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CompactFlash 5.0 Spec Fights Back With 144PB Limit

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It wasn't so long ago that I would paraphrase 'Terabyte' with an explanation of what it is. Well folks, get ready for the Petabyte...

Equal to 1,000 terabytes or 1,000,000 gigabytes, the Petabyte is a standard which is suddenly being talked about thanks to - wait for it - developments in CompactFlash! The professional photographer's format of choice has just seen the CompactFlash Association roll out its new 5.0 specification and it should provide headroom for many years to come. Key aspects are:

48 bit Addressing (Mandatory)
Capacity points beyond current limitation of 137GB (up to 144PB) & more efficient data transfer (32MB per transfer versus 128K per transfer)

Data Set Management Command/Trim (Mandatory)
More efficient cleanup of unused space on memory card (LBA’s)

Update ATA References to ATA-6 & ATA-8/ACS-2
Access to advancements in the ATA standard

Performance Control (optional)
Card performance quality of service framework

Video Performance Guarantee (Optional)
Quality of service for video capture applications to ensure quality recordings with no dropped frames

Identify Device CFA Specification Version Number (Mandatory)
Easier for host to determine card capabilities

Changed Interface Electrical Specification to Better Comply with the ATA Standard (Mandatory) Easier and better card design, compatible with advanced hosts.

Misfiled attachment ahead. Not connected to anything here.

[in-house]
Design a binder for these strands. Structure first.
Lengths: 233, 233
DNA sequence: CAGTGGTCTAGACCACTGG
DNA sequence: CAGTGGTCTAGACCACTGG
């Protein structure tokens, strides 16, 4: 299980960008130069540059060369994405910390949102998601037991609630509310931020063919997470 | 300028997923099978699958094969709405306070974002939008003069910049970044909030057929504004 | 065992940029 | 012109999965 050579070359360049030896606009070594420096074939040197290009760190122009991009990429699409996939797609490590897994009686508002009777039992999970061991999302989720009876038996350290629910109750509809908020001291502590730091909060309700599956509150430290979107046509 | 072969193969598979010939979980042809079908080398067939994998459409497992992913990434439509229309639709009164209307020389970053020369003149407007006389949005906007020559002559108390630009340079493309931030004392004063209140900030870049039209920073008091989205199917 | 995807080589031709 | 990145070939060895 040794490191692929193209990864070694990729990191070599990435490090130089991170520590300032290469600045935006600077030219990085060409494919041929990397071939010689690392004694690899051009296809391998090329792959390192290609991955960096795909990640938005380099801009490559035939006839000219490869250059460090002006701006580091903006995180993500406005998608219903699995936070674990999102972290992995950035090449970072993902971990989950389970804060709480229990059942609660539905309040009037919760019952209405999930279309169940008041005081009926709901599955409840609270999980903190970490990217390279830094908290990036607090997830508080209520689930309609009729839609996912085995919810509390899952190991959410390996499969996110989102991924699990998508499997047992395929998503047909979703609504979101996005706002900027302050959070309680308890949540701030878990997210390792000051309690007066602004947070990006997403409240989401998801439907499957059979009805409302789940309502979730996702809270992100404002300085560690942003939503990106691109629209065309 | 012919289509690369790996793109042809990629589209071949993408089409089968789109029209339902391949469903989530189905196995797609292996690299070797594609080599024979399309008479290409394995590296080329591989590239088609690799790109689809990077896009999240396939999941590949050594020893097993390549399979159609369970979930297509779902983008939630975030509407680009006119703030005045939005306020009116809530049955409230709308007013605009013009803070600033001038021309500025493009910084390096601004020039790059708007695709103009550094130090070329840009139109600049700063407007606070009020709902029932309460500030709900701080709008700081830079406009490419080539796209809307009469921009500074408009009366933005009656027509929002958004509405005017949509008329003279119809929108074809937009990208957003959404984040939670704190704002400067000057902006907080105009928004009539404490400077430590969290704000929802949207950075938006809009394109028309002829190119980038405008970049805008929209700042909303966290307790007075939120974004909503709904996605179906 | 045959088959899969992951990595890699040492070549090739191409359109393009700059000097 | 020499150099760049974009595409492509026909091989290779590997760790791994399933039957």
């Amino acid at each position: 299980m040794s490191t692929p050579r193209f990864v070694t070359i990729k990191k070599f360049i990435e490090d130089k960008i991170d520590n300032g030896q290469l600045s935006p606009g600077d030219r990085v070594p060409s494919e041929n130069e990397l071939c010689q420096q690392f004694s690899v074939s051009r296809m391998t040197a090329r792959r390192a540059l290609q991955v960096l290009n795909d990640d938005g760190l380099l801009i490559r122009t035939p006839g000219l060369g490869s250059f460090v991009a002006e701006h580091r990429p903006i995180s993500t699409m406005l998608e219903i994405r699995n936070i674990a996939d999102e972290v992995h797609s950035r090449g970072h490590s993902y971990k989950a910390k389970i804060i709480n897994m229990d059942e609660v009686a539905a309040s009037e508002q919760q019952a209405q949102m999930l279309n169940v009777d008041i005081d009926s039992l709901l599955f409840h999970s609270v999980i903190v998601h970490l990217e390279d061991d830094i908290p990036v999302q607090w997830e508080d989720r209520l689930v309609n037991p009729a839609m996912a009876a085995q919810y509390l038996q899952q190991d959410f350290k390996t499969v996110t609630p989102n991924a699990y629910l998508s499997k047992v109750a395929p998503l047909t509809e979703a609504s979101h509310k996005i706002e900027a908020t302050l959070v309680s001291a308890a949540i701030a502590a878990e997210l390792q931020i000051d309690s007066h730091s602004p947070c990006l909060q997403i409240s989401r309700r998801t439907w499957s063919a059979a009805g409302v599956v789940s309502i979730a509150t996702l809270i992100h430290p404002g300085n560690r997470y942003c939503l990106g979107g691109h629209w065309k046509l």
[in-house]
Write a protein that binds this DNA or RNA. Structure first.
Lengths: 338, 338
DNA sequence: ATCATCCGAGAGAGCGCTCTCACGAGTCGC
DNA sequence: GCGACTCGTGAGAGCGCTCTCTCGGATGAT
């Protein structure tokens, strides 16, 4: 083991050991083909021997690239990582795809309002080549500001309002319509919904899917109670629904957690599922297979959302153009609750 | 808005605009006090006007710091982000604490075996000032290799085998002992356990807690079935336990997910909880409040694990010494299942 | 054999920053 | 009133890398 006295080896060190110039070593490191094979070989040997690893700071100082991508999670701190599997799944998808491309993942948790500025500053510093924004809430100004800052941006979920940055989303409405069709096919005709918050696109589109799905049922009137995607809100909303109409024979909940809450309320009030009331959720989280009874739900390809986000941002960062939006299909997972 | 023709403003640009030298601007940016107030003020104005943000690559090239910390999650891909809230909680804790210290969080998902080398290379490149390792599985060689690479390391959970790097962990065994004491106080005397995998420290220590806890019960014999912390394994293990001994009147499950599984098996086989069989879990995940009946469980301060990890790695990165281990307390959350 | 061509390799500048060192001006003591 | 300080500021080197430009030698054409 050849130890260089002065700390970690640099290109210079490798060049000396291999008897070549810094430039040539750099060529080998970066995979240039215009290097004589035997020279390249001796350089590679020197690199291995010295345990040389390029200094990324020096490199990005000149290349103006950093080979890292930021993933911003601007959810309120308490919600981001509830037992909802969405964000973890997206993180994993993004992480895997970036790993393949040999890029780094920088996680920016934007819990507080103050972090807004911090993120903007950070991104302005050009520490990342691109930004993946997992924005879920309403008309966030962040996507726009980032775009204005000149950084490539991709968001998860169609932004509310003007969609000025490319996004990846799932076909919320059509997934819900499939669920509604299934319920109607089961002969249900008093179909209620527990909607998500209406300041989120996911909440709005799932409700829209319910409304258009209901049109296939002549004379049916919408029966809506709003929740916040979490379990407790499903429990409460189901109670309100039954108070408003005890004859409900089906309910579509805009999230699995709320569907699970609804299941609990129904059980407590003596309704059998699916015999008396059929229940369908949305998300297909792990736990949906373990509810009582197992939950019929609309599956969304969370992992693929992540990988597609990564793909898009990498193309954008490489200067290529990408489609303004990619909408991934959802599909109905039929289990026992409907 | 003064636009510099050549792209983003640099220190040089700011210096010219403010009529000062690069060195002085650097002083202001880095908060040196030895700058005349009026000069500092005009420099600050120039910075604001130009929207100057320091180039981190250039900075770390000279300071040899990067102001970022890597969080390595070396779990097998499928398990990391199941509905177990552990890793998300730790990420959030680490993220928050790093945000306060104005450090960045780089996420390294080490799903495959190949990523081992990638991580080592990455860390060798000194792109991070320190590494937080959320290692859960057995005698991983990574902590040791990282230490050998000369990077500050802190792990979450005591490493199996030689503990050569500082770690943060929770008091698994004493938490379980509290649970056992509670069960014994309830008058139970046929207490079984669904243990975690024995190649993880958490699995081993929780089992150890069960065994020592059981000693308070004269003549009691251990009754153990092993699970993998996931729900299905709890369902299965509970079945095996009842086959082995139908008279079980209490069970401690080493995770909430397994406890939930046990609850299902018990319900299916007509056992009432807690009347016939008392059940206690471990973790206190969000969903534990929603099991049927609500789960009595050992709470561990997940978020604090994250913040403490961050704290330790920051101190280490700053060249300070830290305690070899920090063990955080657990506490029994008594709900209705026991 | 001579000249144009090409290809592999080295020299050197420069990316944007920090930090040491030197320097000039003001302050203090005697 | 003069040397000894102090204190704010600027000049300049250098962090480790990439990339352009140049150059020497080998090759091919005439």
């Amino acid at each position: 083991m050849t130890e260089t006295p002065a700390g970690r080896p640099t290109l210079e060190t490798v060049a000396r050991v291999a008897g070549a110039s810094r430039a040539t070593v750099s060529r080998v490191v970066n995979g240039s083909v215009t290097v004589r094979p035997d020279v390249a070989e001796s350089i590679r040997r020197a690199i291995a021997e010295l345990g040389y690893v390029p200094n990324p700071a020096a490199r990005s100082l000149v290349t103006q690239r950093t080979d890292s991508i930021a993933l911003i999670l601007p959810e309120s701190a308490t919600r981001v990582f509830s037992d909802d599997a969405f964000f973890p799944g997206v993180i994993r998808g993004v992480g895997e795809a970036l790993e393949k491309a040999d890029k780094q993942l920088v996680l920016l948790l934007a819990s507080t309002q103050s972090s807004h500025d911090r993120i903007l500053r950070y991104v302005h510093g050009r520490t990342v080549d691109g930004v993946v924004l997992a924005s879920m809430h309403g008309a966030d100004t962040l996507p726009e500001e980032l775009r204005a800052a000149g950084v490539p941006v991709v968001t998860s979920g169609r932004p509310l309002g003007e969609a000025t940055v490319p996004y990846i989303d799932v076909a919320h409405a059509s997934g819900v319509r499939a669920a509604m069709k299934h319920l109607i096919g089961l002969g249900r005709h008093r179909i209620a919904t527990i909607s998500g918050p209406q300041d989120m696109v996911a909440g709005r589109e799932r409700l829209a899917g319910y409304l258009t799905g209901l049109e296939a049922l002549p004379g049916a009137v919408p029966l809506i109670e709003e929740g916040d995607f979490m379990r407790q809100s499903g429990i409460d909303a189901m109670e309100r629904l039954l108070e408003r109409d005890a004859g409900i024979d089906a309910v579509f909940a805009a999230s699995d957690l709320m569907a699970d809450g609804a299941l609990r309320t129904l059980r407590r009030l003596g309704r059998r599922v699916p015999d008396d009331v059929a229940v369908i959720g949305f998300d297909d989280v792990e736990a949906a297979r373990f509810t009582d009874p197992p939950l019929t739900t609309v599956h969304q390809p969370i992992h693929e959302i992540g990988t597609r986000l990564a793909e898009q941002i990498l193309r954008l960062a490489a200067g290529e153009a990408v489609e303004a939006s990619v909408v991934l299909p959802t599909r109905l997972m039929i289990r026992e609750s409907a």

Can anything possibly take advantage of these benefits? Not for years to come, and it will take some time before CompactFlash 5.0 cards start to hit the market. Still, at least the CF Association can now go and take the rest of the decade off before considering specification 6.0...

In related news SanDisk has joined the SDXC party with its debut card. With a 64GB capacity it matches the first through the door Toshiba SDXC card, though offers little benefit to SDHC with transfer speeds of just 15MB/sec. Even the Tosh card managed 35MB/sec back in August. A £259.99 RRP also means the SanDisk card carries a higher cost per megabyte than your average SSD.

All of which means SDXC is off to a rather drab start for a format which can top out at 2TB and bring read and write speeds of up 300MB/sec. Sigh...

Links:
CompactFlash 5.0 specification Press Release (Pdf warning)
SanDisk SDXC Card Product Page

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